World / US and Canada

NY policeman not indicted in chokehold death

(Agencies) Updated: 2014-12-04 10:05

It is rare for either federal or state prosecutors to charge a US police officer for excessive force, even when a death results.

The US Supreme Court and lower courts have ruled over decades that police officers should have wide latitude to use violence to defend themselves and to take suspects into custody.

"There are a lot of cases where police officers don't get indicted for what looks like extreme situations," said Aaron Mysliwiec, president of the New York State Association of Criminal Defense Lawyers. "Many jurors and judges tend to believe police officers more than your average witness."

In ruling Garner's death a homicide, the city medical examiner said police officers killed him by compressing his neck and chest. His health problems, including asthma and obesity, were contributing factors, the medical examiner said.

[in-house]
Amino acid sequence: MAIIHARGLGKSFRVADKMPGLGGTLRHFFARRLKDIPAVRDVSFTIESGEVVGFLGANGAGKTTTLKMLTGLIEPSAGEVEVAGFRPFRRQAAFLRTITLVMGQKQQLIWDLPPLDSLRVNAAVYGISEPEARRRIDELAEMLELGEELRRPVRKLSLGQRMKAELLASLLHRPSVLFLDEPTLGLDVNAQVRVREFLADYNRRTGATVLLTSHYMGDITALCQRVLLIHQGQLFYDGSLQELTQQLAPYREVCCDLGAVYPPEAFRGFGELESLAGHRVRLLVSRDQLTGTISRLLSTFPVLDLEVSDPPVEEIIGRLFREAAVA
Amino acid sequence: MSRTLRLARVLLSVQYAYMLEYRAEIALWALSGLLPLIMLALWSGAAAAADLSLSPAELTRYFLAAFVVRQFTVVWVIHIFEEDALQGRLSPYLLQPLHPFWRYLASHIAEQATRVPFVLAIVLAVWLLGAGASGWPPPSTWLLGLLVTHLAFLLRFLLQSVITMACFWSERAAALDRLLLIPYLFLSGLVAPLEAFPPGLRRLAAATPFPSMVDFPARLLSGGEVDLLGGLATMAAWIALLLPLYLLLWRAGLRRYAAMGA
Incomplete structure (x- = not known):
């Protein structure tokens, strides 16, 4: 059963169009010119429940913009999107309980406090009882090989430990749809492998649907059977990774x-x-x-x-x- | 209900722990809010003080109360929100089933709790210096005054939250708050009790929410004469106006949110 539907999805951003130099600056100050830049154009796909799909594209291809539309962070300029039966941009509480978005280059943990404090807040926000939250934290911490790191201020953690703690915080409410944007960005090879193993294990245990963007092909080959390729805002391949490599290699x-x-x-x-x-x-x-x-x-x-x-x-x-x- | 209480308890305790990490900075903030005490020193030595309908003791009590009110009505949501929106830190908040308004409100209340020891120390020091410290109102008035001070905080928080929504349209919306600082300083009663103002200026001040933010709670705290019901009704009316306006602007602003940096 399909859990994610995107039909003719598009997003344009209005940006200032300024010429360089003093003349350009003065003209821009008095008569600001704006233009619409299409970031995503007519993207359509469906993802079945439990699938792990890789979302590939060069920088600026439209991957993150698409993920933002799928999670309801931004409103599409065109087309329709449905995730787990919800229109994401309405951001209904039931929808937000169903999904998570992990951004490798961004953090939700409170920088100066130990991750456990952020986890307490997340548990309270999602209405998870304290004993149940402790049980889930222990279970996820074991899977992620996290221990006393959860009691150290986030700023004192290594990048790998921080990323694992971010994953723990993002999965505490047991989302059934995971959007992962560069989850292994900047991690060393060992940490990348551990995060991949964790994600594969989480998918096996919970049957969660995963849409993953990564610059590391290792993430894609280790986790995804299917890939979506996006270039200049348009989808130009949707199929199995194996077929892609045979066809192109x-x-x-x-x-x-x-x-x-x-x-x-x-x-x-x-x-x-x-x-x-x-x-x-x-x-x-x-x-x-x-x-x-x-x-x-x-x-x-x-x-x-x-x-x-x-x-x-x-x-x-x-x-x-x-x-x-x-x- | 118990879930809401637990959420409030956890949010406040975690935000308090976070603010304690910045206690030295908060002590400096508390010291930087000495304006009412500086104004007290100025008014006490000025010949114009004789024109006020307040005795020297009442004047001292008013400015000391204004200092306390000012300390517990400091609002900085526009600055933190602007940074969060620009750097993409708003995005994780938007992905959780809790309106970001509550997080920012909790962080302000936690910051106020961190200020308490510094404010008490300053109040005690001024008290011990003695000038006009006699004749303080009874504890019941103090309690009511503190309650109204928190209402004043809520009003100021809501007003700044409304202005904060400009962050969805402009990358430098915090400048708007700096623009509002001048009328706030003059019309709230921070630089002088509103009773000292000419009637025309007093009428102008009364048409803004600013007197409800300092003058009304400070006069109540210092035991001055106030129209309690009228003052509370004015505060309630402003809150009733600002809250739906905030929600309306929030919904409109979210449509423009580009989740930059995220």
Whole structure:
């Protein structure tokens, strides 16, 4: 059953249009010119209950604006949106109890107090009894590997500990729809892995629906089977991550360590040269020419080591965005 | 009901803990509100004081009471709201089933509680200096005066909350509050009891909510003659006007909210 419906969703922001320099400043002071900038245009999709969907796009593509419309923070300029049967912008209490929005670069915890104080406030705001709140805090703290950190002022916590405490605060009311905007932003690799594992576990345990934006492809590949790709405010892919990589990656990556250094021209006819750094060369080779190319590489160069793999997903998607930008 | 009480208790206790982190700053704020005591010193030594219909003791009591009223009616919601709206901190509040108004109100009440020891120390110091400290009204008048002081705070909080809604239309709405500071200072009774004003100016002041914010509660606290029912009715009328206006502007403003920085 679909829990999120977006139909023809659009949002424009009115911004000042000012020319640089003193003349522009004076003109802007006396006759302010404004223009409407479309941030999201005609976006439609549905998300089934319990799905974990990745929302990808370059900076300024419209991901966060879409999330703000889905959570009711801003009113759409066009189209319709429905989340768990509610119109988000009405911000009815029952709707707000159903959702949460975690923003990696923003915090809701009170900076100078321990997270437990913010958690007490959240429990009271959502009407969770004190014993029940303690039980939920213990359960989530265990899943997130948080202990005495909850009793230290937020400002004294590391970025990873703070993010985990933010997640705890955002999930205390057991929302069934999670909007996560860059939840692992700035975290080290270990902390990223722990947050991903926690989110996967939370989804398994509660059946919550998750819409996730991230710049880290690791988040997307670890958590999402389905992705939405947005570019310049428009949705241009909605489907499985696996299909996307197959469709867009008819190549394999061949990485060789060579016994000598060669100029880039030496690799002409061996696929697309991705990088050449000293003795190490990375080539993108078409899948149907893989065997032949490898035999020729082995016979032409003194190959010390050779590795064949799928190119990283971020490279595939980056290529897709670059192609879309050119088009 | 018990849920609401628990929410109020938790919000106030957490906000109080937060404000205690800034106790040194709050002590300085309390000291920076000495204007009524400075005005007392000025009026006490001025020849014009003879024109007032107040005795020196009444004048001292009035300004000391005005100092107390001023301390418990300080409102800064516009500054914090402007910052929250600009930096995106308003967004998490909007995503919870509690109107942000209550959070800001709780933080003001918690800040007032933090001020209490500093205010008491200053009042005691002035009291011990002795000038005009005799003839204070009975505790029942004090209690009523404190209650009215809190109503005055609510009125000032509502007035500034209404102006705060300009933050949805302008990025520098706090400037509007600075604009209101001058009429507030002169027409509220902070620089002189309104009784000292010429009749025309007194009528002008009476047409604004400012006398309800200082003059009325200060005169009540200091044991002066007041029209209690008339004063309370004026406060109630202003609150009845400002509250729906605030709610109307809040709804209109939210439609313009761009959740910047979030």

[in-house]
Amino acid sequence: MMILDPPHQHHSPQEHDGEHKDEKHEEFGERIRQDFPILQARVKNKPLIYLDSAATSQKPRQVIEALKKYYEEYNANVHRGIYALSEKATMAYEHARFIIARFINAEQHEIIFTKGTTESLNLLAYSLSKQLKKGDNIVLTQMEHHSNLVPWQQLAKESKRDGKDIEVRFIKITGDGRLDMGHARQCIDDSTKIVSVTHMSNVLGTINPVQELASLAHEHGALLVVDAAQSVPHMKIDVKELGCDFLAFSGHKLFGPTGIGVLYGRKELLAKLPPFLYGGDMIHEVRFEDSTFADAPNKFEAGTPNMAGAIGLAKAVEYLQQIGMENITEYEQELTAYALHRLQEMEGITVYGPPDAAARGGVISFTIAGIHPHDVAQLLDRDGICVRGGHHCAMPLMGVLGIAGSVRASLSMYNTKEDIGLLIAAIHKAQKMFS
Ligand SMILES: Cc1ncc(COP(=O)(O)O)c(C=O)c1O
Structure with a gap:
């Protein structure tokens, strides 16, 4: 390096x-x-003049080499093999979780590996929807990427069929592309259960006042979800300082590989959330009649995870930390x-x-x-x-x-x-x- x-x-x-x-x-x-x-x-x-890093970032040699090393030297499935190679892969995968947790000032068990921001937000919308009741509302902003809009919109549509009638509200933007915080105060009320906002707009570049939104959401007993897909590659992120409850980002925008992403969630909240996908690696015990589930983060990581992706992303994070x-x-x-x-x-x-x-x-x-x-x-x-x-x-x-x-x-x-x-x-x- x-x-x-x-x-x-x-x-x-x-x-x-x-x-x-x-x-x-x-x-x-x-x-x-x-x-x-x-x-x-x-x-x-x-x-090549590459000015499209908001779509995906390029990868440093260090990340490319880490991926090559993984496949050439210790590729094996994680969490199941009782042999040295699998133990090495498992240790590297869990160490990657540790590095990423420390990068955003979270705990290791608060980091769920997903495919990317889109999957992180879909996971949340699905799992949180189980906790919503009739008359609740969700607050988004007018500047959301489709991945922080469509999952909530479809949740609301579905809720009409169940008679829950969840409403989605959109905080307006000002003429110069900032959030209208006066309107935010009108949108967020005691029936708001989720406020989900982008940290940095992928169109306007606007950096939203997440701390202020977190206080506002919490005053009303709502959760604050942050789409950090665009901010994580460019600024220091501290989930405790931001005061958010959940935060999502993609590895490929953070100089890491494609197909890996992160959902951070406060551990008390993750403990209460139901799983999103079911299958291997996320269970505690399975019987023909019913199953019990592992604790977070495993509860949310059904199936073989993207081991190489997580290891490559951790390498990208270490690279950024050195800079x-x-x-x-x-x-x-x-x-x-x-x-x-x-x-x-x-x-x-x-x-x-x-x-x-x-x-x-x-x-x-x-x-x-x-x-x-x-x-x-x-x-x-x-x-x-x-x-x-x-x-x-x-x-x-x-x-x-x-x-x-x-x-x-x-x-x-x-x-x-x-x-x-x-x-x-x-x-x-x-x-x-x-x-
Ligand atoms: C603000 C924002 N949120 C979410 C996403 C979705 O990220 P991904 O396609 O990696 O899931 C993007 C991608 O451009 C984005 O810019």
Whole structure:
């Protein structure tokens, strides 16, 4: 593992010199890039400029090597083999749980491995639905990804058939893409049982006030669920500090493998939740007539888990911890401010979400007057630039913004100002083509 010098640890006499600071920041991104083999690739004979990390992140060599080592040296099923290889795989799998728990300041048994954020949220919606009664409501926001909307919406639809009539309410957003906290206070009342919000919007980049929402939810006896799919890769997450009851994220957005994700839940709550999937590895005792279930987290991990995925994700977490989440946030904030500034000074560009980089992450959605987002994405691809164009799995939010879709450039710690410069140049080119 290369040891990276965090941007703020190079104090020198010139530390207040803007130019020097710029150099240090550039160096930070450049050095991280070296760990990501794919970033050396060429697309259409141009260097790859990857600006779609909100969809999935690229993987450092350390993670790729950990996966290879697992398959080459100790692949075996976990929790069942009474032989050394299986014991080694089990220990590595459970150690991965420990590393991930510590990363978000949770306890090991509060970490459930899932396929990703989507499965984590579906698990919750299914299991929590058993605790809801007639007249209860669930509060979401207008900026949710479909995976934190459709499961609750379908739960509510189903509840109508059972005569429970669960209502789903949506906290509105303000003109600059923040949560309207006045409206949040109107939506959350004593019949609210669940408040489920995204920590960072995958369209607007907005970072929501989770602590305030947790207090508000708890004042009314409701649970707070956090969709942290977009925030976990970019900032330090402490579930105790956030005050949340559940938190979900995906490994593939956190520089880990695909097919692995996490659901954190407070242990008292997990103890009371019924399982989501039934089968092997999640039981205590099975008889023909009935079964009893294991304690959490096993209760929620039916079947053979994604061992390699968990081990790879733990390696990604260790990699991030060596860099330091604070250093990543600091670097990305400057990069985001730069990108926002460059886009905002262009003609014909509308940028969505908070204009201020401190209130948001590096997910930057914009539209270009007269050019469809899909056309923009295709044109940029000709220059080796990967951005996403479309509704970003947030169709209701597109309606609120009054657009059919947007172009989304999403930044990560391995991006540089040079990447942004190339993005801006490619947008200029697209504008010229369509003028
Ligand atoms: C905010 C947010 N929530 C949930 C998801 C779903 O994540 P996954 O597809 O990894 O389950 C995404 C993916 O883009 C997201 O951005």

The video of Garner's arrest shows him arguing with police officers, saying, "Please leave me alone," and later, "Don't touch me," before a group of four officers tackled him to the ground. He then began to plead with them, saying repeatedly, "I can't breathe."

Shortly before the grand jury announcement, the New York City police launched a pilot program to equip officers with body cameras. The video camera program was ordered by a federal court judge who ruled last year that police had unfairly stopped and frisked black and Latino New Yorkers. It aims to make officers more careful and accountable about using force, de Blasio told reporters, while reducing complaints and lawsuits.

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